City council will appeal $2.7M judgment that city shortchanged police in longevity pay

September 27, 2016

By a 9-1 count with one abstention, the Billings City Council voted Monday to appeal a $2.7 million district court judgment that the city shortchanged its police officers in longevity pay.

Councilman Mike Yakawich voted against the appeal, while Brent Cromley abstained because the law firm for which he works, Moulton Bellingham PC, is involved in the appeal.

Joining Mayor Tom Hanel to vote for the appeal, which will cost taxpayers up to $60,000 for outside counsel representation, were Shaun Brown, Dick Clark, Al Swanson, Ryan Sullivan, Rich McFadden, Chris Friedel, Larry Brewster and Angela Cimmino.

“I think the appeal is in the best interest of the citizens of Billings and is the right thing to do,” Brewster said.

“I am less confident we will win,” Yakawich said. “The cost to proceed concerns me, and the impact on the community as we drag it on.”

McFadden said he doesn’t believe that “taxpayer money should be considered low-hanging fruit for frivolous and unjust lawsuits.”

“It upsets me greatly that a public employee would file this lawsuit against an employer,” Hanel said. “We owe it to citizens to spend tax dollars wisely.”

Andy Forsythe, the city’s lead outside counsel on the case, gave the city council several reasons for appealing, including the fact that Park County District Court Judge Brenda R. Gilbert would not allow testimony from police union representatives. He said the Montana Supreme Court, which will hear the appeal, should review what’s meant by “completed years of service” as it pertains to longevity pay.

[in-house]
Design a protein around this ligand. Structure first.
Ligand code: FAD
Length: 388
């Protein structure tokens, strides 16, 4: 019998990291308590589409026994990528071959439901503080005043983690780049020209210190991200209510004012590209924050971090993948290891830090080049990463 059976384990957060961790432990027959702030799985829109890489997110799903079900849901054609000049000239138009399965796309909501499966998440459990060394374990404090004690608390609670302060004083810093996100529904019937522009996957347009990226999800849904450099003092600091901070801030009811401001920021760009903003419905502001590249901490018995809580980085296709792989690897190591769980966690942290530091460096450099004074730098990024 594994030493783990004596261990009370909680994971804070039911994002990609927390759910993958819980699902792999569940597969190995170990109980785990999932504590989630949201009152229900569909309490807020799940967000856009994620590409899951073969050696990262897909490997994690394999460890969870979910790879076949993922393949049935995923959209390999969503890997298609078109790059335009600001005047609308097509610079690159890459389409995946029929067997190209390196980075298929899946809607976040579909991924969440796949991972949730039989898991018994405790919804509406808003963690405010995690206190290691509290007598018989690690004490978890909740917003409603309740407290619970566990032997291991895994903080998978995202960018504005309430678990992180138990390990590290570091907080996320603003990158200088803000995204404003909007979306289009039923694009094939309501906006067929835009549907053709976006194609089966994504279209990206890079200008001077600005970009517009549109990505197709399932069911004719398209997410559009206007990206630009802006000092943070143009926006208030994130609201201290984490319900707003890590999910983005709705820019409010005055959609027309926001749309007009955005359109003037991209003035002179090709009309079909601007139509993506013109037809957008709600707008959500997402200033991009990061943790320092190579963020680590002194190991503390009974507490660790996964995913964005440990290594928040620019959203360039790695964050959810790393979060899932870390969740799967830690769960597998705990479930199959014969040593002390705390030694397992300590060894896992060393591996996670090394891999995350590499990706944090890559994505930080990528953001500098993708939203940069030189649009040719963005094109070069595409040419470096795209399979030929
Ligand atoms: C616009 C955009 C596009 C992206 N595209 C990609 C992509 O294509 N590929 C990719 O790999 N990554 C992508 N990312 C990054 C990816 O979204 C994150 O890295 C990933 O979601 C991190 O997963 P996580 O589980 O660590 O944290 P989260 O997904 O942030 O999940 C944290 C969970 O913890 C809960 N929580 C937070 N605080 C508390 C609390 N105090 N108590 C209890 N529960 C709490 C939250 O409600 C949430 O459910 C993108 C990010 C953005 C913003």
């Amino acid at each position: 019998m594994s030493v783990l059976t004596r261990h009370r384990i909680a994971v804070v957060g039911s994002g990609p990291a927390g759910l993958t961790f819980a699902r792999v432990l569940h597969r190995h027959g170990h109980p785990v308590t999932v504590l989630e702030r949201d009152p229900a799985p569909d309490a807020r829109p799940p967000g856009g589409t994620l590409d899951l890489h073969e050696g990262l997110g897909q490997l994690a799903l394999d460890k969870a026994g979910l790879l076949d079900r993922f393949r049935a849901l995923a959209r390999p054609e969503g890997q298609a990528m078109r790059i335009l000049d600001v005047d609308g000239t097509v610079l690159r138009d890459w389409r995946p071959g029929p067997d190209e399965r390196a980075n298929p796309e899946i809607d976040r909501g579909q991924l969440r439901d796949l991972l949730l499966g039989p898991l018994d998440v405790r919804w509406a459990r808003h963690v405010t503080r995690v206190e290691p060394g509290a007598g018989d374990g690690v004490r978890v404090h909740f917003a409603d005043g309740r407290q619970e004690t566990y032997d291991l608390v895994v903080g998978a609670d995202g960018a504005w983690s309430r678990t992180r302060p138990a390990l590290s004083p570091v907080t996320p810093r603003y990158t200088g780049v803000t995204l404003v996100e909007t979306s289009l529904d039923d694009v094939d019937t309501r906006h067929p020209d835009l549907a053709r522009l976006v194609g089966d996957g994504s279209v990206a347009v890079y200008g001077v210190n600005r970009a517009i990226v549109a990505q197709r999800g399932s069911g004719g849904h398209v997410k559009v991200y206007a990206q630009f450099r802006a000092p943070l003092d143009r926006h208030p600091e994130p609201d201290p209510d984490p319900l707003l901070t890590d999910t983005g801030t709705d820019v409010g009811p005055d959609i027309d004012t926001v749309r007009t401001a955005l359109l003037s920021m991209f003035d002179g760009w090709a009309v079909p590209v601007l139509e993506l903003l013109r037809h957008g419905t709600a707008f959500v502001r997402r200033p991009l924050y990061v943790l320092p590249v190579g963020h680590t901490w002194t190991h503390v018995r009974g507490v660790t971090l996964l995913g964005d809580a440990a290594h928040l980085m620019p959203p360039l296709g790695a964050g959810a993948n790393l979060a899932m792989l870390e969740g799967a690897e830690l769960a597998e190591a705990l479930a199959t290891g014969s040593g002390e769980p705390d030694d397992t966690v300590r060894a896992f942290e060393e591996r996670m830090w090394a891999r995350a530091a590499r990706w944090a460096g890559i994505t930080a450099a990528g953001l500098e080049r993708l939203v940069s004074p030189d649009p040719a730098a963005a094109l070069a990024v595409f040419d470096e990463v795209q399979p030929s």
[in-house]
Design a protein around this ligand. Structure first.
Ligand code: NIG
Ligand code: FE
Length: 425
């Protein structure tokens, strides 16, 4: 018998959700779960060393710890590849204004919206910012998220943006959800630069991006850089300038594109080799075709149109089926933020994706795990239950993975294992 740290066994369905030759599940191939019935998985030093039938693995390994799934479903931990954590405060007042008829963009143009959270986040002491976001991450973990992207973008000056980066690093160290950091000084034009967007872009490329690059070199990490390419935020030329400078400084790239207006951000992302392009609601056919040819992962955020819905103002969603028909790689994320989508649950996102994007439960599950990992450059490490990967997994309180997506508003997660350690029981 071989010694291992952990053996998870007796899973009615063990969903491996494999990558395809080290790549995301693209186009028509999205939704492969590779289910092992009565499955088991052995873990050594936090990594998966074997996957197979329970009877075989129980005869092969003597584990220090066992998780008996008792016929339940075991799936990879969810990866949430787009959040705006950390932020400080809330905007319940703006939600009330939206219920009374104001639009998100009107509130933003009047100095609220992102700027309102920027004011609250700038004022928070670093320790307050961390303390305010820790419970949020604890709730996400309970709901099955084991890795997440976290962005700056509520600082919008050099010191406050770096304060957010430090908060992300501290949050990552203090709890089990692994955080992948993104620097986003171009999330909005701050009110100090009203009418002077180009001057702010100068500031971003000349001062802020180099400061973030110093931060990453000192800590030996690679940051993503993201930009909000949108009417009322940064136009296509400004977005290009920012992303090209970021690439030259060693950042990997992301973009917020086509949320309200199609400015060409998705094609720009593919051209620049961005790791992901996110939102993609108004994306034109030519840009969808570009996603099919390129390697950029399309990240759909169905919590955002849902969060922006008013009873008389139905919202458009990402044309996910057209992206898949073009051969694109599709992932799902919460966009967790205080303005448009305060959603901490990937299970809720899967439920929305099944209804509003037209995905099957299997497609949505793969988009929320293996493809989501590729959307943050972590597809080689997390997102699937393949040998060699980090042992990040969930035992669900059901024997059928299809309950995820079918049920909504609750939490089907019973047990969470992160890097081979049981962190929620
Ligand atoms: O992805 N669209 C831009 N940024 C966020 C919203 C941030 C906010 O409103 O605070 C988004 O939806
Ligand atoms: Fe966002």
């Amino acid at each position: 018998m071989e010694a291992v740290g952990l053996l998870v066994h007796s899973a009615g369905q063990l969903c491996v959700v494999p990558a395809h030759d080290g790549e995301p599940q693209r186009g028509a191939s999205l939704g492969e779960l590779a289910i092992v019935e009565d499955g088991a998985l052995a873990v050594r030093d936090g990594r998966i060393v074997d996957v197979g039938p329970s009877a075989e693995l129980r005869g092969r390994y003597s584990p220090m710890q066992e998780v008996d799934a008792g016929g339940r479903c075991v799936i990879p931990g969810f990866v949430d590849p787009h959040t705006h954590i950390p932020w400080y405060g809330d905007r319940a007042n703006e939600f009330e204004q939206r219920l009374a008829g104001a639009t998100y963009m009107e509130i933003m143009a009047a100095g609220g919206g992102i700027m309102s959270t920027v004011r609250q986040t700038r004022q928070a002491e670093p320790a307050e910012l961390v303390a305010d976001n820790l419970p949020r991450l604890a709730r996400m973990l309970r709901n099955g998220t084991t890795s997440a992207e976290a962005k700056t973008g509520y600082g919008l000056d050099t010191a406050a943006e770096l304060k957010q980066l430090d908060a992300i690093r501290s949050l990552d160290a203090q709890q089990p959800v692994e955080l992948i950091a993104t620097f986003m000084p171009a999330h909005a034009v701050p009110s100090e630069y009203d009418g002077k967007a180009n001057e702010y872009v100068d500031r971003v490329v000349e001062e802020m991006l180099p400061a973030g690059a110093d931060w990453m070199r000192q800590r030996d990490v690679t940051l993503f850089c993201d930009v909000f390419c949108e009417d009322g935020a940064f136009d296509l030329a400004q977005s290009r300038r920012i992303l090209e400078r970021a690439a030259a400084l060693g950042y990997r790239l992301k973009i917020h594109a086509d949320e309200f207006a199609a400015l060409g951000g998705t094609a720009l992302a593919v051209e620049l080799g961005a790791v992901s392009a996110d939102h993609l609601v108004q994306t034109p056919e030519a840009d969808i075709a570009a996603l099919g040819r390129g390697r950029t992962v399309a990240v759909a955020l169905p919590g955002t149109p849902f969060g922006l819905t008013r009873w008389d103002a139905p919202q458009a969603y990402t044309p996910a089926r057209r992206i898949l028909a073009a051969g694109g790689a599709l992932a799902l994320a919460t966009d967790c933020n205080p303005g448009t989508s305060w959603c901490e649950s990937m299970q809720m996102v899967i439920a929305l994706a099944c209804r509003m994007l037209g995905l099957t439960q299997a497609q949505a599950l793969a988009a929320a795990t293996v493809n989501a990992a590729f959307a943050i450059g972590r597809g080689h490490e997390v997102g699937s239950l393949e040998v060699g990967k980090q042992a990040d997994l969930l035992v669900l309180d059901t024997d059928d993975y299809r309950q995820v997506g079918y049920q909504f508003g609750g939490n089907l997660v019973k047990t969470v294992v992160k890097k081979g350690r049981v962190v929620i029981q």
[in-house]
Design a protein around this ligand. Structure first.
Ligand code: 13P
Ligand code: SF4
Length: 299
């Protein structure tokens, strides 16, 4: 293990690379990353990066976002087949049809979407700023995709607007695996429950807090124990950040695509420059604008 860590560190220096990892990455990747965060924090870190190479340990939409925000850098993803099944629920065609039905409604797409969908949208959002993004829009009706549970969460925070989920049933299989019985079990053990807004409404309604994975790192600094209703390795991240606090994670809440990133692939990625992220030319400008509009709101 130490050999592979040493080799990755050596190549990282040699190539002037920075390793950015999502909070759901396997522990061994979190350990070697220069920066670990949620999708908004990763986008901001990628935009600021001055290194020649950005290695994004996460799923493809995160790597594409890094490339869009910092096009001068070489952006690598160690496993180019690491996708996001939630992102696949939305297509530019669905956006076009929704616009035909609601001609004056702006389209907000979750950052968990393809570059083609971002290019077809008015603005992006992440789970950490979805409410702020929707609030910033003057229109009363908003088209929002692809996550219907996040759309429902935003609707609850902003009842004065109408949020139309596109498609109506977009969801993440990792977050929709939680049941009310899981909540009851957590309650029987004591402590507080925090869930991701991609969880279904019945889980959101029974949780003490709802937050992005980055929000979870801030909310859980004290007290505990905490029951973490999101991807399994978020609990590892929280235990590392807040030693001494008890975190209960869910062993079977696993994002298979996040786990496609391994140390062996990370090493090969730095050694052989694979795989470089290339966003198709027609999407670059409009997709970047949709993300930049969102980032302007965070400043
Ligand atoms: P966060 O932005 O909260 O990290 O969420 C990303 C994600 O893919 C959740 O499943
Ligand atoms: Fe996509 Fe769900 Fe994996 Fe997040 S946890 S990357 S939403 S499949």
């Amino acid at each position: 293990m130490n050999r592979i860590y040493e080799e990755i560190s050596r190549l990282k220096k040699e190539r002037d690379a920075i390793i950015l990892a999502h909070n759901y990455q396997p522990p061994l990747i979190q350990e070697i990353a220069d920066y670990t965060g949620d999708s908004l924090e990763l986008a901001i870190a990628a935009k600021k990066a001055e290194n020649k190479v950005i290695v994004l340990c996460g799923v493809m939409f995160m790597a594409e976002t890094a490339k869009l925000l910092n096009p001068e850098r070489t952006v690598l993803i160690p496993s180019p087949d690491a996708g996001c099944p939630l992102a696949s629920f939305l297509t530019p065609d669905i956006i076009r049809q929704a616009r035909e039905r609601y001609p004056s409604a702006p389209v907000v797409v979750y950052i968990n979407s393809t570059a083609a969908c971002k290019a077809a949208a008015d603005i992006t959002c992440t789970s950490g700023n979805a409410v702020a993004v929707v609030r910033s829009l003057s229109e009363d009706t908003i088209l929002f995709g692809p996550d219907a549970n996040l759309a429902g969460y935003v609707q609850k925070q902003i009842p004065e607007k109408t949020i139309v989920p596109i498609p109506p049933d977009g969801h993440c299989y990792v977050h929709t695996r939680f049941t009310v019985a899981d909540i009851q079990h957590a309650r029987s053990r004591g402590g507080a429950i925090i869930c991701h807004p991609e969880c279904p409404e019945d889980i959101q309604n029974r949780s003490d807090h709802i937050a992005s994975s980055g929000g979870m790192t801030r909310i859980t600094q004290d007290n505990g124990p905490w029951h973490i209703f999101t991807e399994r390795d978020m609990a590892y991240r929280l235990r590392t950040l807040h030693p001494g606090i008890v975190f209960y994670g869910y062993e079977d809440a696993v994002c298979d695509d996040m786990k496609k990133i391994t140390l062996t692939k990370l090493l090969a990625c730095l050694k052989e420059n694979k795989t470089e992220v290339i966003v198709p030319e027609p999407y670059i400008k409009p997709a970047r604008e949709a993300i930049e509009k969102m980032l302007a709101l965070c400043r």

In Montana, he said, employees are required to recover wages and penalties within two years after the fact — three years for a repeat offender. In this case, he said, the court awarded compensation nearly eight years after the case was filed, in early 2009.

City administrator

The city council voted 10-1, with Friedel casting the lone “no” vote, to extend the contract of City Administrator Tina Volek for one year, from Oct. 1 through Sept. 30, 2017. Under the agreement, the city council must meet with Volek by Dec. 31 to discuss a raise in her $130,560 salary.

“I want you to step up your game, and I’m voting no for that reason,” Friedel told Volek. “I know you can do better. In the private sector, we don’t just do our job — we go over and above. If this is in fact your last year, it’s important to leave a legacy for future administrators.”

“Tina puts a lot of time and effort in this position,” Cimmino said. “She deals with 11 personalities up here and 900 employees while pleasing 110,000 people. That speaks for itself.”

“I’m very proud to say Ms. Volek has done an exceptional job,” Hanel said. “She is the longest-serving administrator the city of Billings has ever had. We as a council will have the tremendous job of replacing her in the next 12 months.”

“I take your comments to heart,” Volek told the city council, “and I’ll work to ensure we have a smooth transition.”